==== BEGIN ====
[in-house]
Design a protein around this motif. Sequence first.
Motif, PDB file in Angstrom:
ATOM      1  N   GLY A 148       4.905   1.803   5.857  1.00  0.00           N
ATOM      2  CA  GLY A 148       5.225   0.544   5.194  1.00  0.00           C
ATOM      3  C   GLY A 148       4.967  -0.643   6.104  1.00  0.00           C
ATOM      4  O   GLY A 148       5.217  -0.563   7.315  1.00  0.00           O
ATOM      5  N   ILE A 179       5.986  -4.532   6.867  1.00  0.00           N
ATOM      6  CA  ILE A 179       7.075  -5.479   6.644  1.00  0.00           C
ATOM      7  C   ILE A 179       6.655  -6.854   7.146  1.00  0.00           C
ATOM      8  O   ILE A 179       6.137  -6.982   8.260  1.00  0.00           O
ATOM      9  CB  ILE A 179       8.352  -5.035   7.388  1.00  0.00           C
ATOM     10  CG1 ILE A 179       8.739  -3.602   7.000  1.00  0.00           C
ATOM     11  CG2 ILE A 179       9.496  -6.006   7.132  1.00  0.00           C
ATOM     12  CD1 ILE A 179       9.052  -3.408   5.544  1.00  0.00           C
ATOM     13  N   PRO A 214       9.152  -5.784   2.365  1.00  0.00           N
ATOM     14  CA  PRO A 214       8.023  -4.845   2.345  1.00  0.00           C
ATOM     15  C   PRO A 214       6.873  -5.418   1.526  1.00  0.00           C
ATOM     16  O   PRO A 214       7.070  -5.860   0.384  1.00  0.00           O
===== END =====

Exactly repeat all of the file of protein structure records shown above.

[in-house]
Design a protein around this motif. Sequence first.
Motif, PDB file in Angstrom:
ATOM      1  N   GLY A 148       4.905   1.803   5.857  1.00  0.00           N
ATOM      2  CA  GLY A 148       5.225   0.544   5.194  1.00  0.00           C
ATOM      3  C   GLY A 148       4.967  -0.643   6.104  1.00  0.00           C
ATOM      4  O   GLY A 148       5.217  -0.563   7.315  1.00  0.00           O
ATOM      5  N   ILE A 179       5.986  -4.532   6.867  1.00  0.00           N
ATOM      6  CA  ILE A 179       7.075  -5.479   6.644  1.00  0.00           C
ATOM      7  C   ILE A 179       6.655  -6.854   7.146  1.00  0.00           C
ATOM      8  O   ILE A 179       6.137  -6.982   8.260  1.00  0.00           O
ATOM      9  CB  ILE A 179       8.352  -5.035   7.388  1.00  0.00           C
ATOM     10  CG1 ILE A 179       8.739  -3.602   7.000  1.00  0.00           C
ATOM     11  CG2 ILE A 179       9.496  -6.006   7.132  1.00  0.00           C
ATOM     12  CD1 ILE A 179       9.052  -3.408   5.544  1.00  0.00           C
ATOM     13  N   PRO A 214       9.152  -5.784   2.365  1.00  0.00           N
ATOM     14  CA  PRO A 214       8.023  -4.845   2.345  1.00  0.00           C
ATOM     15  C   PRO A 214       6.873  -5.418   1.526  1.00  0.00           C
ATOM     16  O   PRO A 214       7.070  -5.860   0.384  1.00  0.00           O